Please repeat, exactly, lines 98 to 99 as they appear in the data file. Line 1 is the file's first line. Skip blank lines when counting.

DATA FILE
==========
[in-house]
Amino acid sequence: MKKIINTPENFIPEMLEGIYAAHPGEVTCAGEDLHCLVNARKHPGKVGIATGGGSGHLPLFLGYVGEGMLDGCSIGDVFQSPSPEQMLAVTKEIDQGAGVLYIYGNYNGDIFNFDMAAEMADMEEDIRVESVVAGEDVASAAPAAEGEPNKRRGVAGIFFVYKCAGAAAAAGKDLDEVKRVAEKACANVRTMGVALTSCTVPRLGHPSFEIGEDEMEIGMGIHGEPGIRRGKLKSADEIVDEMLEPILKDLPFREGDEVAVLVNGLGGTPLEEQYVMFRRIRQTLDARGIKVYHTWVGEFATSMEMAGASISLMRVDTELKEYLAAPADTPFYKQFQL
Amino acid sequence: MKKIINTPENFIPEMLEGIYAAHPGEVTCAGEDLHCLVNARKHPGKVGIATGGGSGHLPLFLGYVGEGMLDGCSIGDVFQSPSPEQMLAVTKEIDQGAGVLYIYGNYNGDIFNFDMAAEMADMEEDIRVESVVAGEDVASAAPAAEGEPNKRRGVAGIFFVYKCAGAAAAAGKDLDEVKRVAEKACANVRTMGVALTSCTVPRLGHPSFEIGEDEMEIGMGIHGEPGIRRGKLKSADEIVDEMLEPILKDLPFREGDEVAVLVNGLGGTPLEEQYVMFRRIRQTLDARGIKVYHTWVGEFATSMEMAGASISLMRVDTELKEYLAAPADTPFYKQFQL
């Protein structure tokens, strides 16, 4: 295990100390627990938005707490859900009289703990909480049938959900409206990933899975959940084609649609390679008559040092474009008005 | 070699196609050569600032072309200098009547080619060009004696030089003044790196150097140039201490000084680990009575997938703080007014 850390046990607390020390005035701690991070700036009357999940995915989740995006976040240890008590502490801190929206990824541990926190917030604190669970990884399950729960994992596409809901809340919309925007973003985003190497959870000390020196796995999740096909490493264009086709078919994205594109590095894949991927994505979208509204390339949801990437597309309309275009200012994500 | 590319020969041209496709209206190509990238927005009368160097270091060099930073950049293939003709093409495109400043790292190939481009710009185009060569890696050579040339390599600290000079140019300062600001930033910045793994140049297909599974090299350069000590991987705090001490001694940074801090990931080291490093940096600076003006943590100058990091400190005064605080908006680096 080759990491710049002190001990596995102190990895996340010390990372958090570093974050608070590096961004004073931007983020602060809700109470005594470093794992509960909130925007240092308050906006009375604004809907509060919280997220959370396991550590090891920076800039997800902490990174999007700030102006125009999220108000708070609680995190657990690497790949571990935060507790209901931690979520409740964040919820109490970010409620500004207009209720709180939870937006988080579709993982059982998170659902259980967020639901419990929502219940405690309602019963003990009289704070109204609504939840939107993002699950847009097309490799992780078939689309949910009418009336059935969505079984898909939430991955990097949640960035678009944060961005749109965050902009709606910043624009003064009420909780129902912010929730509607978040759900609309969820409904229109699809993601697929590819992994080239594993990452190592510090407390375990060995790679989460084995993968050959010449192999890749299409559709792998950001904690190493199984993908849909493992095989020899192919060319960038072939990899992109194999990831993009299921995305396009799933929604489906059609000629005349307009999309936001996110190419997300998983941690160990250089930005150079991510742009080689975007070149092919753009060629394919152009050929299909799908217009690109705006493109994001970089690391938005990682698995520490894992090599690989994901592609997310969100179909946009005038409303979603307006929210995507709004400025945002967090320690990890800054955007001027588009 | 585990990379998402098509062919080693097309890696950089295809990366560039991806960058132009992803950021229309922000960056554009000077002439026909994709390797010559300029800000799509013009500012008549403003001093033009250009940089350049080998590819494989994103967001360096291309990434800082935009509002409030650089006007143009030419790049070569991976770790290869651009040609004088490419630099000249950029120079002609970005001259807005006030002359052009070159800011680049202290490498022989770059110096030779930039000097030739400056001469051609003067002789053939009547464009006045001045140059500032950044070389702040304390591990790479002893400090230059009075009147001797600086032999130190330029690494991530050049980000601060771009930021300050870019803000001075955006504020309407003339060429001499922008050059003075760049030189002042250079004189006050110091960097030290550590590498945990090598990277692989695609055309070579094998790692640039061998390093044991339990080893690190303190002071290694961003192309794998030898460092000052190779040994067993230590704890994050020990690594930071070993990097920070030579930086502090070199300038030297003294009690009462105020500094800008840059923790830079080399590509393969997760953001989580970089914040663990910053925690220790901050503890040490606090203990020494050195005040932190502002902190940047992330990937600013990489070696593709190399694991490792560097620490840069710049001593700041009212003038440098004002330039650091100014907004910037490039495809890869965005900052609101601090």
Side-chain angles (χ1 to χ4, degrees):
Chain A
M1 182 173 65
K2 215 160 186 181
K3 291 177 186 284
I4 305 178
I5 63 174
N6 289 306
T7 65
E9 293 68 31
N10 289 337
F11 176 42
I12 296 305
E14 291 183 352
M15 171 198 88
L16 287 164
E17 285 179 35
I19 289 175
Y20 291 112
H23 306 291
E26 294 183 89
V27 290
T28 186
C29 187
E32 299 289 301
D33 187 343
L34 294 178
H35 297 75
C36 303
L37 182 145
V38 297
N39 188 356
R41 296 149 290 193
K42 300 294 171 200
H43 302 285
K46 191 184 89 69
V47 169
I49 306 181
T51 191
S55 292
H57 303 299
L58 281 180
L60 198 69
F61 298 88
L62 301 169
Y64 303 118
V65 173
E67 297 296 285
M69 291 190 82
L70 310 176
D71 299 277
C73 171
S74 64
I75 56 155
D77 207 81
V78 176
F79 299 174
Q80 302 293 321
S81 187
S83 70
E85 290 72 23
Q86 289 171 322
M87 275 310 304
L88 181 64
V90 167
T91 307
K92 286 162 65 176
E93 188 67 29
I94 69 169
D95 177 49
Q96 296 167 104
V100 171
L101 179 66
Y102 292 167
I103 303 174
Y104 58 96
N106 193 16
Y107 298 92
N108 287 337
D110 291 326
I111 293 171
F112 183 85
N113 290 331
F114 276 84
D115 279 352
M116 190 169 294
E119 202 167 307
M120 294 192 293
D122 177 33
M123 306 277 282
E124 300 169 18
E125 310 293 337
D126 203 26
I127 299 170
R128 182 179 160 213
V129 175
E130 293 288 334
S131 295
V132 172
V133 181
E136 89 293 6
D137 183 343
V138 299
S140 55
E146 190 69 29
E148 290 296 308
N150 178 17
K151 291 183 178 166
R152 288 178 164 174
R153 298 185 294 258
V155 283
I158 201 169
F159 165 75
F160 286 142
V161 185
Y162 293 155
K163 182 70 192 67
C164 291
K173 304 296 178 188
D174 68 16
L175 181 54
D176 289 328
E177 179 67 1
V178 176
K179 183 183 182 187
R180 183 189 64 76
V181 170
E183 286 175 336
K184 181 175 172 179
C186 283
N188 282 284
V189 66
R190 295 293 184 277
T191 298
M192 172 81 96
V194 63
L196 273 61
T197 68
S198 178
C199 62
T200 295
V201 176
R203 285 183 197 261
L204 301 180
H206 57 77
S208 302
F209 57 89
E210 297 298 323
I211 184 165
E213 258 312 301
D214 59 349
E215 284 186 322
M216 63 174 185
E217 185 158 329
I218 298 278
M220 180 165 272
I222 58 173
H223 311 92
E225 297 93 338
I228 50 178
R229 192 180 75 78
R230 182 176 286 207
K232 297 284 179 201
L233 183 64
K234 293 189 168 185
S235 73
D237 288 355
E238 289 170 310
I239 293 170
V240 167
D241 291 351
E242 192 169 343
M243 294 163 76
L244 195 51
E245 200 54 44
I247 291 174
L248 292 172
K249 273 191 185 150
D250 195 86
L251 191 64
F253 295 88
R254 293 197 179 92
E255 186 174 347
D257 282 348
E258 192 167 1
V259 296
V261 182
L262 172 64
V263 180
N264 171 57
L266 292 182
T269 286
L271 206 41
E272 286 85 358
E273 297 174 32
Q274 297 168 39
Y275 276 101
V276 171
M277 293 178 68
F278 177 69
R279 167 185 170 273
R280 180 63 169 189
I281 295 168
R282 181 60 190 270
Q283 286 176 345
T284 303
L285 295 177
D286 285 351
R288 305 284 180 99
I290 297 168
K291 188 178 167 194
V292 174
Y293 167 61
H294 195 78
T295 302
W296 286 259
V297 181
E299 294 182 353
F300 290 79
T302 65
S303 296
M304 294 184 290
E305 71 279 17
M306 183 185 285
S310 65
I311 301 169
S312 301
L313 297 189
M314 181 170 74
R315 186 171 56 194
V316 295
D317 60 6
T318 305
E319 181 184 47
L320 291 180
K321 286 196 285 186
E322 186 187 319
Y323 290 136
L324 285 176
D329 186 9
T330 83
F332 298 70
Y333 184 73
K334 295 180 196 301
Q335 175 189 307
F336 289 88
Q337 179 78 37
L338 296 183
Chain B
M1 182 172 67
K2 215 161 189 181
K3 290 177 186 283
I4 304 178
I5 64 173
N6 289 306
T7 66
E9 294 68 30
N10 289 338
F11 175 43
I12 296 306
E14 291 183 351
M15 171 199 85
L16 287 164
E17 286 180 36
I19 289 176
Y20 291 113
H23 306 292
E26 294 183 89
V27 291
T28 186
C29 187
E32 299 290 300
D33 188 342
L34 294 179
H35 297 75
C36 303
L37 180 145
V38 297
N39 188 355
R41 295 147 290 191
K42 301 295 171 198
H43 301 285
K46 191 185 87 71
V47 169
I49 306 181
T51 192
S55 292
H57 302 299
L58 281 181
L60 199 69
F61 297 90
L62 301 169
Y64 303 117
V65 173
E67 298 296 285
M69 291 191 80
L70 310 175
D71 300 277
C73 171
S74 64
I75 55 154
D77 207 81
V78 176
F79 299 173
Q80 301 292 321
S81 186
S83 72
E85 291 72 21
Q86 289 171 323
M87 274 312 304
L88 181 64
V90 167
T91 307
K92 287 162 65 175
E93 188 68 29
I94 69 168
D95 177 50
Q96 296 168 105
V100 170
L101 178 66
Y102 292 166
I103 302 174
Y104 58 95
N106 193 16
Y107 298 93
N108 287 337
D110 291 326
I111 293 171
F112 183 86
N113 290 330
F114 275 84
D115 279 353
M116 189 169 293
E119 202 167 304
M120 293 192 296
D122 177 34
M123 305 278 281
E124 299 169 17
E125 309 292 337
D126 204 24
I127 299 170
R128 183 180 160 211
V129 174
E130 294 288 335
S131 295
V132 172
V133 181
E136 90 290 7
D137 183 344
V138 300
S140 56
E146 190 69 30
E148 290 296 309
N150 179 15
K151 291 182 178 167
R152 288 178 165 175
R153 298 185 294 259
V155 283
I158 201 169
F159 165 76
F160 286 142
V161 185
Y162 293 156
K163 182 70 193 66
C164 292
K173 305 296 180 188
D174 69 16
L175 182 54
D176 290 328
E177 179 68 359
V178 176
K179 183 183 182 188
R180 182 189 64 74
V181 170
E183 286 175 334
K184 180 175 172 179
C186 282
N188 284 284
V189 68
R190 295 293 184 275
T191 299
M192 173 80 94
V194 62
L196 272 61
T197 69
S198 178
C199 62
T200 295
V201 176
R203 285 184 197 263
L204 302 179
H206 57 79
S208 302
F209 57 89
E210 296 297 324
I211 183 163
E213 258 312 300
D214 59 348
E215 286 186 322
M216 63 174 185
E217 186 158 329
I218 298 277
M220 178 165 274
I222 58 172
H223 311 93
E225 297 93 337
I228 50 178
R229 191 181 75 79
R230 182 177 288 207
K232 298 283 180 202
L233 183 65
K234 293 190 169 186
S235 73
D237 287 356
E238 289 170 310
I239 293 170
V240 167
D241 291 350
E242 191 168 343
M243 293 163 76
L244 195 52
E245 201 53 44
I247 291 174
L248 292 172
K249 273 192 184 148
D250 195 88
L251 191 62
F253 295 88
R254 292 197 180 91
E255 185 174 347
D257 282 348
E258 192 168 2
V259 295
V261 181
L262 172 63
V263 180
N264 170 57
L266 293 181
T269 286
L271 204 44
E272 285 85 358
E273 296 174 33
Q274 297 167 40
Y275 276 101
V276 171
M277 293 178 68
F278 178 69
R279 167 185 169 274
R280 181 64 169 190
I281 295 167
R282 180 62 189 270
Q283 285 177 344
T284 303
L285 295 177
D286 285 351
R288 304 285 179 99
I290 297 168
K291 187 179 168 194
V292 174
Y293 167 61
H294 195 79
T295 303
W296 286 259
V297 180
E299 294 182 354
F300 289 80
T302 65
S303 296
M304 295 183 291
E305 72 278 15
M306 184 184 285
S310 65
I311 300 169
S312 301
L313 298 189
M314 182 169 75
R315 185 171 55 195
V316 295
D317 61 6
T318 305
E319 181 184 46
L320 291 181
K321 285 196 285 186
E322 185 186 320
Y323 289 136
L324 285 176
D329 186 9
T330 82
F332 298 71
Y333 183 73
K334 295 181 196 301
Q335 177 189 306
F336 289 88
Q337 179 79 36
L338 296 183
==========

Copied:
I127 299 170
R128 182 179 160 213